Welcome! I’ll be announcing the winners of the Big Backlist Weekend on the front page of my site later today! This is the last day to enter these three amazing Blog Hops, soooo — HOP to it! If you’re here for the Stud-a-Thon Hop with it’s basket of goodies, Click HERE. In addition to this Hop, there’s the Great Equinox New Release Hop where you can WIN a Kindle Fire and a $100 GC plus book, books, books. Click HERE! For the Sunset on Summer Fun Hop where you can WIN a Kindle Fire or a Nook HD, Click HERE.
A few thoughts on the new world of publishing, the “hybrid author”, and their impact on readers. I’m getting ready to register for a big conference that i love attending that happens in 2014. On the registration form, they ask are you a published author. The answer is yes. Then they ask are you “traditionally” published, are you published with a small independent press, or are you self published and i realized that for a growing number of authors today, the answer again would simply be “yes”.
Many authors today publish both traditionally and self-publish. Even well-established “traditional” bestselling authors self-publish their backlists. At the same time, many authors write for traditional publishers, take their more unusual books to small presses and self-publish others. The available options in publishing have made this a very exciting and challenging time to be an author. Exciting because we have so many ways to get our stories in front of readers. If a story is simply too unusual to interest any traditional publisher, we can still self-publish it and try to find an audience. The times are challenging because these options mean there are more people publishing stories, more competition for readers, and some of it is not so good!
The behind the scenes machinations of publishing tend to be invisible to the readers. Readers just know they like a certain author but may not realize that the books they are reading from that author come from multiple sources. Readers do get the impact of this variety of publishing options, however. Small press publishing and self-publishing mean that readers have access to stories that at one time would never have seen the light of day. Many genres and sub-genres like the same-sex romance trope have grown rapidly just because of the possibility of publishing with specialized presses or self publishing. Readers are no longer victims of the limited scope of a small number of publishers who could not afford to take chances. Readers also get the downside of this publishing boom — the junk that can now enter the marketplace easily. Very few readers have not had the experience of buying a book that was badly written, poorly edited, and badly formatted.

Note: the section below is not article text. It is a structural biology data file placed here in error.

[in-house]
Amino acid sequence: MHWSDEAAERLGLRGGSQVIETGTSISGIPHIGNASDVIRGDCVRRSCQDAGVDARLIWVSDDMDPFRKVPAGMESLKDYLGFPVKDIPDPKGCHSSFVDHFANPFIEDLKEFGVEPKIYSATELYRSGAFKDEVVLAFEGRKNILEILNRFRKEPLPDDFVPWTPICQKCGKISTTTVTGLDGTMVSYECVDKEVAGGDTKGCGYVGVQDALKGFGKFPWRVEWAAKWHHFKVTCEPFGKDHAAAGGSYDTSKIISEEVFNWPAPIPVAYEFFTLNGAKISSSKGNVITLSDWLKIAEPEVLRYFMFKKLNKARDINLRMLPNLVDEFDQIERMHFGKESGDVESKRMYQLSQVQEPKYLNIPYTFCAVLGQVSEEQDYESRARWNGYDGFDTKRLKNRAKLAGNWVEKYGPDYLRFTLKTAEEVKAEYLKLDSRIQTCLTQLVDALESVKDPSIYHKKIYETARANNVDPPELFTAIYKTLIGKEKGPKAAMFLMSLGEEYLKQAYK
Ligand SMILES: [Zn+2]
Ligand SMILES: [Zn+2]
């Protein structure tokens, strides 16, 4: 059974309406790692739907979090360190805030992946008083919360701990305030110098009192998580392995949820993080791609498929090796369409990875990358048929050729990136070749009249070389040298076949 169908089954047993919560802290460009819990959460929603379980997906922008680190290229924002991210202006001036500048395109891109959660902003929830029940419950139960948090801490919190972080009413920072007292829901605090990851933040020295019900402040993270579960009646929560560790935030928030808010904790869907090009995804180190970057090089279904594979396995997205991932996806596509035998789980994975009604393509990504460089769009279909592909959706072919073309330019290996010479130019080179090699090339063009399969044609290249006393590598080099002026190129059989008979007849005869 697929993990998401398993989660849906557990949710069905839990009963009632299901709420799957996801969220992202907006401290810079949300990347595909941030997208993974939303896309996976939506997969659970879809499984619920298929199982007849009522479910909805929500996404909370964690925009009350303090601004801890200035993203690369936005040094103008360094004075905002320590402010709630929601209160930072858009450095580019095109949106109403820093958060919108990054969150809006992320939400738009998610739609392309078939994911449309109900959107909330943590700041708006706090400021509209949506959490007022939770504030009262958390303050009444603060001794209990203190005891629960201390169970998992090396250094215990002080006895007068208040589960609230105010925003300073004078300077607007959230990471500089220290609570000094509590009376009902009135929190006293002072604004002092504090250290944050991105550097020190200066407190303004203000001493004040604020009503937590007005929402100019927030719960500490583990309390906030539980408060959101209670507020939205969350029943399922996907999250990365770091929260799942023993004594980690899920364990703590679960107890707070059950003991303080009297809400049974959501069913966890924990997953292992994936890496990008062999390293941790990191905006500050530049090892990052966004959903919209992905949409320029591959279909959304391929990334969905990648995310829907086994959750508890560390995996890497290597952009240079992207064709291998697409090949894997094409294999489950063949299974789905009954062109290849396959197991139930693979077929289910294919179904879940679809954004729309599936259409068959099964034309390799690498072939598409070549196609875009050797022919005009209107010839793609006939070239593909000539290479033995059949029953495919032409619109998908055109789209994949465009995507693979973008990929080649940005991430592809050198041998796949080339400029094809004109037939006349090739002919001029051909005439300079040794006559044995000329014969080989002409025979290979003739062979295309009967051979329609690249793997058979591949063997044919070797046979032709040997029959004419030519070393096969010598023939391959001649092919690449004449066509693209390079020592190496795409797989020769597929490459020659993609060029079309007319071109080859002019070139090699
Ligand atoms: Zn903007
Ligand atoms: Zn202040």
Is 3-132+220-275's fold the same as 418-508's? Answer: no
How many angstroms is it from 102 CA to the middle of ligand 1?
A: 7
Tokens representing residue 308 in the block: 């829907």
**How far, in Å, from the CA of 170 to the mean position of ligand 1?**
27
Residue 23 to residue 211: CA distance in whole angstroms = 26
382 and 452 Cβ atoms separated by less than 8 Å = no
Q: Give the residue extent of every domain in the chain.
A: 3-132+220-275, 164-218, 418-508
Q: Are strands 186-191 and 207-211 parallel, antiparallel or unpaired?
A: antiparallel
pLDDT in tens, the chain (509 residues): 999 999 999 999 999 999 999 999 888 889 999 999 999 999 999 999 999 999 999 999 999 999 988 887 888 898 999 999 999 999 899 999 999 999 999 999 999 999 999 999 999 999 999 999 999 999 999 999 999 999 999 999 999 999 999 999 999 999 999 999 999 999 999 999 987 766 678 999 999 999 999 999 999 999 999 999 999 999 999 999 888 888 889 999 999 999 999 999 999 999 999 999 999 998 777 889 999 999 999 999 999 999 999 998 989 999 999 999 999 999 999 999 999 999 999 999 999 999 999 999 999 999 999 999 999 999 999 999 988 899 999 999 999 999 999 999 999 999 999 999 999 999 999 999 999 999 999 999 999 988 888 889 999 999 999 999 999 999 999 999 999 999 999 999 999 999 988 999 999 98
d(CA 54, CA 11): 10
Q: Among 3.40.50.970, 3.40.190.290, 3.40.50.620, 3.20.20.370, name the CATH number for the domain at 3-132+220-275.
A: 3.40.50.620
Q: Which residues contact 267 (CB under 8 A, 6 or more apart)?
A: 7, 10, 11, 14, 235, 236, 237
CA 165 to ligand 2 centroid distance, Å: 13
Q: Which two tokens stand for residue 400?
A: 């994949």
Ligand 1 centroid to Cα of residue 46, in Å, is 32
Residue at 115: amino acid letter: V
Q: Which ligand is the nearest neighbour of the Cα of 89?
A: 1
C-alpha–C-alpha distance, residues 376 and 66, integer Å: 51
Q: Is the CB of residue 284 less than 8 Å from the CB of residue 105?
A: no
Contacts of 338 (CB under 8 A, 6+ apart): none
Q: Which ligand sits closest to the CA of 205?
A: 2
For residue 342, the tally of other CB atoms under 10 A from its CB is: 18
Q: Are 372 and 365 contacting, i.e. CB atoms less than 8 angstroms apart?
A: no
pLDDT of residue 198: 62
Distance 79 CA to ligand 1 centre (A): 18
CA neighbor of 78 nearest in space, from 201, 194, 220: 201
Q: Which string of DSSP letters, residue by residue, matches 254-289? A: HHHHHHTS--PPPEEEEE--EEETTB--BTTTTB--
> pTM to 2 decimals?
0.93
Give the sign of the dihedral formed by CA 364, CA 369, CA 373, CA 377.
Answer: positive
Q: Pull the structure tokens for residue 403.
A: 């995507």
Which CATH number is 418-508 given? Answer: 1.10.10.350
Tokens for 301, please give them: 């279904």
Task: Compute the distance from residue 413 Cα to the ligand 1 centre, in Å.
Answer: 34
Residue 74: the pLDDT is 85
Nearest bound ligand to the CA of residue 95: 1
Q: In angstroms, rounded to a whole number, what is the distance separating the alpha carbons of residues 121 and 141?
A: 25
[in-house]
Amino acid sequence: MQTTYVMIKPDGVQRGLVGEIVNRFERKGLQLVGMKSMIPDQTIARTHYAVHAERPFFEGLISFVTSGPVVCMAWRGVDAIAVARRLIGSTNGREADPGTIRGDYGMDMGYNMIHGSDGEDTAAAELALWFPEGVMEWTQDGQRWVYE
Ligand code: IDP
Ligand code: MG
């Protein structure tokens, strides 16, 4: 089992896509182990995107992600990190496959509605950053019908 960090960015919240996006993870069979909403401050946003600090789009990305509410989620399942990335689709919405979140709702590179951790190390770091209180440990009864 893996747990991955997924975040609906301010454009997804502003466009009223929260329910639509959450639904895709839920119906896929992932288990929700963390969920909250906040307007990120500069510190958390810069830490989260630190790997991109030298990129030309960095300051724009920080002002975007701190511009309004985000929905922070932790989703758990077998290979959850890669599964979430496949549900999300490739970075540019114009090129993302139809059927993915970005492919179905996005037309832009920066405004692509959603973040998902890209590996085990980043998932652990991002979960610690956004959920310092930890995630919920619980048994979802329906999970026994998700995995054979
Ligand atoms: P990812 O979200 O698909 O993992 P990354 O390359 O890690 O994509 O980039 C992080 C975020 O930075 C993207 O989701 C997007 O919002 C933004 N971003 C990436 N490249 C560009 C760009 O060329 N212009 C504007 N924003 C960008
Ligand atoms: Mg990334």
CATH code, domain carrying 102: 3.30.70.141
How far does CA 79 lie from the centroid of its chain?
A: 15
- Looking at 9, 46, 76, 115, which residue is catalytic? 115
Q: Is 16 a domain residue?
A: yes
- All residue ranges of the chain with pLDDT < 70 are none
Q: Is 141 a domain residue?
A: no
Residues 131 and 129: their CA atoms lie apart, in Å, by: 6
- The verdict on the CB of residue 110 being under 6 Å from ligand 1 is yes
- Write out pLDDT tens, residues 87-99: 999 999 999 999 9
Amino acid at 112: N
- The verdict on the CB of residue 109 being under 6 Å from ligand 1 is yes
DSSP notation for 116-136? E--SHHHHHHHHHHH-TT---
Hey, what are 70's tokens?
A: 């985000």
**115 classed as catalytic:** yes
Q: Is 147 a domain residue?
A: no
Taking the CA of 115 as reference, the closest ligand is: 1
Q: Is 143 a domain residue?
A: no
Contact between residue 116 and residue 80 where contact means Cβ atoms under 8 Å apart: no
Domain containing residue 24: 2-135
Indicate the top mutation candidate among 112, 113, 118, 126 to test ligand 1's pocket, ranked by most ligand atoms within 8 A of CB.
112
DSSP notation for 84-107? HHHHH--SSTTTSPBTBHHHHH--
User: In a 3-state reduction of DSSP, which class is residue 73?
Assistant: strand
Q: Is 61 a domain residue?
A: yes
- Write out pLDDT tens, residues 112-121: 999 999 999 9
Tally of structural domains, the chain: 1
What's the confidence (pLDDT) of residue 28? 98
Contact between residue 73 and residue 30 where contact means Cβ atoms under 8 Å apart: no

But i submit that there is far more good than bad in this market. There’s much less distance between the reader and the author — heck, we talk everyday. Authors can respond to their reader’s interests and requests so much faster than ever before. No publisher? No problem!
This wild west of publishing will not last forever. It’s already changing as the large publishers claim more and more stake in the digital arena and self-publishing get’s harder to conquer. But i suspect that the “hybrid” author will remain for some time to come. And for the time being at least, enjoy yourselves, because the reader is the winner!